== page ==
The Aarne Thompson and the Classification of Folk Tales
The Aarne Thompson Classification of Folktales research paper due and don’t know how to start it? How about like this?
The Aarne-Thompson classification of folktales is a system devised by Antti Aarne and elaborated on by Stith Thompson to provide for the indexing of folktales by type and motif. The purpose of the classification system is to allow the collection and comparison of folktale materials to determine the cross-cultural influences exhibited by the tales. Currently, the Aarne-Thompson classification system consists of some 2500 basic plots from around the world.
Aarne, a Finnish folklorist, originally proposed a numerical index of folktale plots in order to eliminate the need for scholars to refer to folktales by their titles and subcategories, which were cumbersome due to the large quantity of sub-categories. In his 1910 book The Types of Folktales revised in 1928, Arne assigned type numbers to the major Indo-European folktales. In this early classification scheme, a type was a group of similar stories that bore a historical and cultural connection to each other.
- The type index enabled scholars to trace the historical dispersion of folktales within a cultural area.
- The classification systems calls academics to examine the way in which local cultural norms affected the folktale.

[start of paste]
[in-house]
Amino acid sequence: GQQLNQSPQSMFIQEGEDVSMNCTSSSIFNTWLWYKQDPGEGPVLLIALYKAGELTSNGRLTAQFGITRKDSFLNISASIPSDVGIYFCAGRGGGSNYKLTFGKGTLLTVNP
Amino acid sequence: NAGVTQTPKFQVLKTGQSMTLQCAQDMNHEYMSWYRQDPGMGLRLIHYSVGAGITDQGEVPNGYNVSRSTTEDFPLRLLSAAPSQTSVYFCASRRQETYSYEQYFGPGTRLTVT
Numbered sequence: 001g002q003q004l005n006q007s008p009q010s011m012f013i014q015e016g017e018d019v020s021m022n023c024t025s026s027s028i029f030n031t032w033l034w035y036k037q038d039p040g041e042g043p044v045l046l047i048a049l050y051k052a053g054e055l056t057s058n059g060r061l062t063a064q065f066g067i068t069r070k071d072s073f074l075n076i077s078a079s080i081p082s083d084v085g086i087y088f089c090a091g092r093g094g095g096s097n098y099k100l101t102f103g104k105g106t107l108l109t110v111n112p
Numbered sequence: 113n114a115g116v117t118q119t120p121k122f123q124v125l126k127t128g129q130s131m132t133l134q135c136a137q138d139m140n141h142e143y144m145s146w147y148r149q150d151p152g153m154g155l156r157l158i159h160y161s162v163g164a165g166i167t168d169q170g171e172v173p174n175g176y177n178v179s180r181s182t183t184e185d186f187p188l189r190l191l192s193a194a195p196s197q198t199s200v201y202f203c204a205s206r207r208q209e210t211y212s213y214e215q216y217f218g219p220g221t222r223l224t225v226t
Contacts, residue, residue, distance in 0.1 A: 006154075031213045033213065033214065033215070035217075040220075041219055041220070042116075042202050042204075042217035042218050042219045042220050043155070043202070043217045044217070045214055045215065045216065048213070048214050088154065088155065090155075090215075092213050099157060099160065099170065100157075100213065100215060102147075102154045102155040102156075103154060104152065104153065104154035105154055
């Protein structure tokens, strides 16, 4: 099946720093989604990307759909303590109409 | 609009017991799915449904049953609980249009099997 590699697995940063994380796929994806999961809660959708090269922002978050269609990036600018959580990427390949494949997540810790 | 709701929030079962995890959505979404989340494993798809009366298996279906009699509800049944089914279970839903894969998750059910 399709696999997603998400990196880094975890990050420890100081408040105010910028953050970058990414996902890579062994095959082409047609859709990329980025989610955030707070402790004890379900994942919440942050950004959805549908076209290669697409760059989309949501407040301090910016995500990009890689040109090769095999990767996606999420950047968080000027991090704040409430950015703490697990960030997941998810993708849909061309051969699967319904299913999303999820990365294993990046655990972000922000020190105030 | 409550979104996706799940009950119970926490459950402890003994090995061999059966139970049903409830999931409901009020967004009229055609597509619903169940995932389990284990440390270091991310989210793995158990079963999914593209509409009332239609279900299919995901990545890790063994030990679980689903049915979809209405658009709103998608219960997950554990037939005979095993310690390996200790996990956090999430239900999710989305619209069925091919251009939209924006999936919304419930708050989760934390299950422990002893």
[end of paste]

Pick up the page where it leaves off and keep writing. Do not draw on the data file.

- The type index was based only on the actual narrative of events in the folktale and did not categorize ideas or themes.
- All stories with animals as actors were grouped together without any attempt to sort the stories by the intended moral or thematic objective.
Aarne’s work appears to be somewhat supported by that of Vladimir Propp, who published Morphology of the Folktale in 1928. Propp believed that the attempt to classify folktales according to themes was inadequate due to the subjective nature of the thematic content. At the same time, he was dissatisfied with Aarne’s classification scheme that depended solely on narrative. He proposed that it was possible to classify the morphology or structure of folktales much in the same way that the plant morphology could be classified. While this appears similar to Aarne’s type classification, it resulted in a far more complex classification scheme in which all of the structural and narrative elements of the folktale were decomposed. Like the title index system, this method proved too cumbersome for practical use.